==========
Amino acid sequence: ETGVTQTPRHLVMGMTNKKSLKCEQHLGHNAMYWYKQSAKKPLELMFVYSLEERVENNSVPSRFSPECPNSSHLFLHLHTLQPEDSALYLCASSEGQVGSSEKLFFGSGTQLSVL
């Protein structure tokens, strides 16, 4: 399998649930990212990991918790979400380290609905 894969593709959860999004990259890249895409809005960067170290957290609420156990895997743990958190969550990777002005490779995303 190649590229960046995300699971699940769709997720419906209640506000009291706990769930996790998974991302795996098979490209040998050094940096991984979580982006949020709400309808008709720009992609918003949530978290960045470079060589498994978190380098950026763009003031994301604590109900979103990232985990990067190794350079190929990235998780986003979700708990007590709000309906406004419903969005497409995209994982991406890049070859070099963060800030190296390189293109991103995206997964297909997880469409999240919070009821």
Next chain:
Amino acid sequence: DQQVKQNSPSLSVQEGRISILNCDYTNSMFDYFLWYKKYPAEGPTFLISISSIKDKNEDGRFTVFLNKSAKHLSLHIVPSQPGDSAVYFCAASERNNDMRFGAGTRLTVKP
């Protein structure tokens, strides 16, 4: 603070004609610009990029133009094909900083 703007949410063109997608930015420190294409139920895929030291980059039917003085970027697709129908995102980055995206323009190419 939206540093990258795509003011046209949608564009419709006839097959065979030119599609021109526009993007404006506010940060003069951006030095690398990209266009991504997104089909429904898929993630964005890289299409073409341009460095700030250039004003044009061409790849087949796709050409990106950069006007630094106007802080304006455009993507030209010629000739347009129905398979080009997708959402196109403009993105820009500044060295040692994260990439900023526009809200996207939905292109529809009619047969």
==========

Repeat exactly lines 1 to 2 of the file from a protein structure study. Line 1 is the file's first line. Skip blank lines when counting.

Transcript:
Amino acid sequence: ETGVTQTPRHLVMGMTNKKSLKCEQHLGHNAMYWYKQSAKKPLELMFVYSLEERVENNSVPSRFSPECPNSSHLFLHLHTLQPEDSALYLCASSEGQVGSSEKLFFGSGTQLSVL
């Protein structure tokens, strides 16, 4: 399998649930990212990991918790979400380290609905 894969593709959860999004990259890249895409809005960067170290957290609420156990895997743990958190969550990777002005490779995303 190649590229960046995300699971699940769709997720419906209640506000009291706990769930996790998974991302795996098979490209040998050094940096991984979580982006949020709400309808008709720009992609918003949530978290960045470079060589498994978190380098950026763009003031994301604590109900979103990232985990990067190794350079190929990235998780986003979700708990007590709000309906406004419903969005497409995209994982991406890049070859070099963060800030190296390189293109991103995206997964297909997880469409999240919070009821």